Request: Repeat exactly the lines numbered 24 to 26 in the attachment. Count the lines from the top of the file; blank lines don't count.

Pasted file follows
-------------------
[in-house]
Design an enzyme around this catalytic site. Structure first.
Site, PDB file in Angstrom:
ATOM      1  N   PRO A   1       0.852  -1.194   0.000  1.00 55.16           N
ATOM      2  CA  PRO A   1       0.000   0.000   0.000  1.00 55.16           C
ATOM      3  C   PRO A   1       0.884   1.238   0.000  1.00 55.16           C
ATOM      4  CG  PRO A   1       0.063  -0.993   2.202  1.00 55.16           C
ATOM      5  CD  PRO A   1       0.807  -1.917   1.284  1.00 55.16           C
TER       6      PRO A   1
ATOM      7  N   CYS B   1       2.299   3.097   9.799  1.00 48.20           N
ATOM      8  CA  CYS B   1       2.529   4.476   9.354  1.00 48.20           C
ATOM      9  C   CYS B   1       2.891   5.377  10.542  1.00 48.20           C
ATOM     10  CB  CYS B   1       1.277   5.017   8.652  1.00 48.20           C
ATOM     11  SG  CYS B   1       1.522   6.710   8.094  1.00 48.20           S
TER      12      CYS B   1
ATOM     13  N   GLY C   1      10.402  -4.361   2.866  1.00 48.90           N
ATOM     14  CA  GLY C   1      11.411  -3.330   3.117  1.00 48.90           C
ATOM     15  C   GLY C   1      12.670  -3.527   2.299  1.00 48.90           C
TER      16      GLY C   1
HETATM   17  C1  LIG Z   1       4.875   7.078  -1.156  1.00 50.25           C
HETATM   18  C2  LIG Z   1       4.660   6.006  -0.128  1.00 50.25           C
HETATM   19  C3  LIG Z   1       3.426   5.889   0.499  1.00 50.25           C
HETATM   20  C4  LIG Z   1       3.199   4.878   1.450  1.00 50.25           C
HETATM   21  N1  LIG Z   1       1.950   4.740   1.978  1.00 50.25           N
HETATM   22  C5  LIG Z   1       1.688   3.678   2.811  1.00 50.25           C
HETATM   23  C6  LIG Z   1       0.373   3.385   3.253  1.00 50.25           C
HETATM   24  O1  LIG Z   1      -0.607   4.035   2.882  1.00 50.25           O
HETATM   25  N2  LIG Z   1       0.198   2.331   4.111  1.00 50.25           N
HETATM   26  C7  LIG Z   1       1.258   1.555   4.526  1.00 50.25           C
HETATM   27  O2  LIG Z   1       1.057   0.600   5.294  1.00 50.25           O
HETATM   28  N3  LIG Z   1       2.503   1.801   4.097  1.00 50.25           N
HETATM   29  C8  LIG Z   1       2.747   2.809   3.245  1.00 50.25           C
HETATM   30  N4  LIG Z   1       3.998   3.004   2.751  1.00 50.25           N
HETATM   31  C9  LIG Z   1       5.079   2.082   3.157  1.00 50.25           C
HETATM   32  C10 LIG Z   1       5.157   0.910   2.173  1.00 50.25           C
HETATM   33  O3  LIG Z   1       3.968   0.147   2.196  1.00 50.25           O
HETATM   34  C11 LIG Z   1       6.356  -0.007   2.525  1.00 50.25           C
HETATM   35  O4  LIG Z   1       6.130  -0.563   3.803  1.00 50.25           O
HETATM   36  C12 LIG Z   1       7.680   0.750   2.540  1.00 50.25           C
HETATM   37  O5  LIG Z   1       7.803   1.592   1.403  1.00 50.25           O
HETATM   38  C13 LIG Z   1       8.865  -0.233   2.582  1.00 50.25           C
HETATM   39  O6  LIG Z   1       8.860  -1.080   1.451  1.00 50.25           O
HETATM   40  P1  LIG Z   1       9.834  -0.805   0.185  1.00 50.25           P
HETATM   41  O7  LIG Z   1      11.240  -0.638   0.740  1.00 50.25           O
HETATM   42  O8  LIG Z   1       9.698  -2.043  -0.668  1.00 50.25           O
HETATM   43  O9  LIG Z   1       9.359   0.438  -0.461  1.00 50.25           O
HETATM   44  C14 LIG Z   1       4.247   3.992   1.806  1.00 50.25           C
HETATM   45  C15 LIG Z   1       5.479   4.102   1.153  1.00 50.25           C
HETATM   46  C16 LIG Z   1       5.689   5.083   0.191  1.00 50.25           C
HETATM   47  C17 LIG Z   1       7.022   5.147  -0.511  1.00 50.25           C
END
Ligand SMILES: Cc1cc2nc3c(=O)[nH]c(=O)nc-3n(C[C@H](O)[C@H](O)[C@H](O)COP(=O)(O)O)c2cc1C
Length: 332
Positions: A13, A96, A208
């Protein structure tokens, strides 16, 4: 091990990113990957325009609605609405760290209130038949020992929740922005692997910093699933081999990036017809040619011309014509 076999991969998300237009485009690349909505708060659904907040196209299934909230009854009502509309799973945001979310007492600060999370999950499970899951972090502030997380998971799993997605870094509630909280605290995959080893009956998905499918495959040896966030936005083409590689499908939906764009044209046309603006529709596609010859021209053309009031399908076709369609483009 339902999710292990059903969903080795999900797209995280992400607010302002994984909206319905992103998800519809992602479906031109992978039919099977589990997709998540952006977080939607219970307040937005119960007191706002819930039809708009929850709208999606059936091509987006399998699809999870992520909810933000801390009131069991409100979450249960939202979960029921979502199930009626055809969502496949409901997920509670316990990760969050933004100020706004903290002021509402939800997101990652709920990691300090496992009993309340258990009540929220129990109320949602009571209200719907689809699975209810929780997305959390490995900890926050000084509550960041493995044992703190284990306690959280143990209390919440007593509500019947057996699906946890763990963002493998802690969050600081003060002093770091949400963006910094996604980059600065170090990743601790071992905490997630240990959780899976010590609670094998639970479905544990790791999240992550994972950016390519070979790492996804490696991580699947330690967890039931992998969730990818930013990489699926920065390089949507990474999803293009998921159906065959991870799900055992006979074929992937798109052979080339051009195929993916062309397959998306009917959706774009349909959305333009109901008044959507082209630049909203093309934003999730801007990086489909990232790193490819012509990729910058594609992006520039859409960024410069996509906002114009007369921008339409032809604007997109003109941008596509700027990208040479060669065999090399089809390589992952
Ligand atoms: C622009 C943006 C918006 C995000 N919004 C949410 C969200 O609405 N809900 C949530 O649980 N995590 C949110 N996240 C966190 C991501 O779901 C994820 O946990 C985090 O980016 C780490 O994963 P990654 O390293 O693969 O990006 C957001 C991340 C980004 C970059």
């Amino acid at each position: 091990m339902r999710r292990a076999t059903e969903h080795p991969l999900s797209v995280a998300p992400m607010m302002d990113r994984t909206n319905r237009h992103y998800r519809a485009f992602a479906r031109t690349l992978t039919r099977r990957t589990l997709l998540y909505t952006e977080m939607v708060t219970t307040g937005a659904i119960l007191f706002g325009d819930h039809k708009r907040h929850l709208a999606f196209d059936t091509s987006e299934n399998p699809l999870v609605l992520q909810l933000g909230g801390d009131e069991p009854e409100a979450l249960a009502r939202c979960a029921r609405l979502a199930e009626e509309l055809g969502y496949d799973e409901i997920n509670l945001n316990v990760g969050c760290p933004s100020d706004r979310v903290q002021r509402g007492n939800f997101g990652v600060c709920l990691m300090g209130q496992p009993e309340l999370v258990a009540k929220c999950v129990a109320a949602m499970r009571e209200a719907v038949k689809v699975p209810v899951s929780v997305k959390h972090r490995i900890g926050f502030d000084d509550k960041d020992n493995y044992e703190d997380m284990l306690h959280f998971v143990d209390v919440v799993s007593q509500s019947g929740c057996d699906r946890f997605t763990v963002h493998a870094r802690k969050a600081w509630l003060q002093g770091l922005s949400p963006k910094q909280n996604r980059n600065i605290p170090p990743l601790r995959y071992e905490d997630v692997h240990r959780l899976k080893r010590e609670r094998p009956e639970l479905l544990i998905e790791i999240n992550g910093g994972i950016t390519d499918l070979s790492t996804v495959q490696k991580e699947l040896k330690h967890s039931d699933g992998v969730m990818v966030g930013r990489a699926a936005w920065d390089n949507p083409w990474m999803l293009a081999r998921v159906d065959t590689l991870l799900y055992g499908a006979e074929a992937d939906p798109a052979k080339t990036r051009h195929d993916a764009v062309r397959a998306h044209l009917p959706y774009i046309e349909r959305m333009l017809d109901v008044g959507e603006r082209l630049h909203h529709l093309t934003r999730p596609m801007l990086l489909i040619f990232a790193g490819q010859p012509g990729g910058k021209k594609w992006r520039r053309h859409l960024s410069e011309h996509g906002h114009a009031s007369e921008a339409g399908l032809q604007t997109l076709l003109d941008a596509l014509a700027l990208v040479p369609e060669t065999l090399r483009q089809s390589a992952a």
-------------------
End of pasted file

HETATM   21  N1  LIG Z   1       1.950   4.740   1.978  1.00 50.25           N
HETATM   22  C5  LIG Z   1       1.688   3.678   2.811  1.00 50.25           C
HETATM   23  C6  LIG Z   1       0.373   3.385   3.253  1.00 50.25           C